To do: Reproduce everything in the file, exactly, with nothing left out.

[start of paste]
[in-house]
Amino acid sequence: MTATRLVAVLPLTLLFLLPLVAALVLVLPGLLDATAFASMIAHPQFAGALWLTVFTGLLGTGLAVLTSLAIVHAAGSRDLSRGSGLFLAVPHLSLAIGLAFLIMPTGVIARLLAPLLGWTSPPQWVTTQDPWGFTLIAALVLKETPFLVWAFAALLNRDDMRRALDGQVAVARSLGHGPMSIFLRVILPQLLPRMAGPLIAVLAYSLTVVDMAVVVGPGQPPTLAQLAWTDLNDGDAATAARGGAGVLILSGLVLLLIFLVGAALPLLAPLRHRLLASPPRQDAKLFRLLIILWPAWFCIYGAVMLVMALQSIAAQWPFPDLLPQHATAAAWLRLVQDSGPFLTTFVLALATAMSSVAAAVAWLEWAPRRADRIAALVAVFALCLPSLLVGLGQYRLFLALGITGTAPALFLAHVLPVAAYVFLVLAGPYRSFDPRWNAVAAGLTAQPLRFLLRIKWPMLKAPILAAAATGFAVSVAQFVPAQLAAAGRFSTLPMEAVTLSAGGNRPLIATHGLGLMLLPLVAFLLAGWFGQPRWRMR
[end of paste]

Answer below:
[in-house]
Amino acid sequence: MTATRLVAVLPLTLLFLLPLVAALVLVLPGLLDATAFASMIAHPQFAGALWLTVFTGLLGTGLAVLTSLAIVHAAGSRDLSRGSGLFLAVPHLSLAIGLAFLIMPTGVIARLLAPLLGWTSPPQWVTTQDPWGFTLIAALVLKETPFLVWAFAALLNRDDMRRALDGQVAVARSLGHGPMSIFLRVILPQLLPRMAGPLIAVLAYSLTVVDMAVVVGPGQPPTLAQLAWTDLNDGDAATAARGGAGVLILSGLVLLLIFLVGAALPLLAPLRHRLLASPPRQDAKLFRLLIILWPAWFCIYGAVMLVMALQSIAAQWPFPDLLPQHATAAAWLRLVQDSGPFLTTFVLALATAMSSVAAAVAWLEWAPRRADRIAALVAVFALCLPSLLVGLGQYRLFLALGITGTAPALFLAHVLPVAAYVFLVLAGPYRSFDPRWNAVAAGLTAQPLRFLLRIKWPMLKAPILAAAATGFAVSVAQFVPAQLAAAGRFSTLPMEAVTLSAGGNRPLIATHGLGLMLLPLVAFLLAGWFGQPRWRMR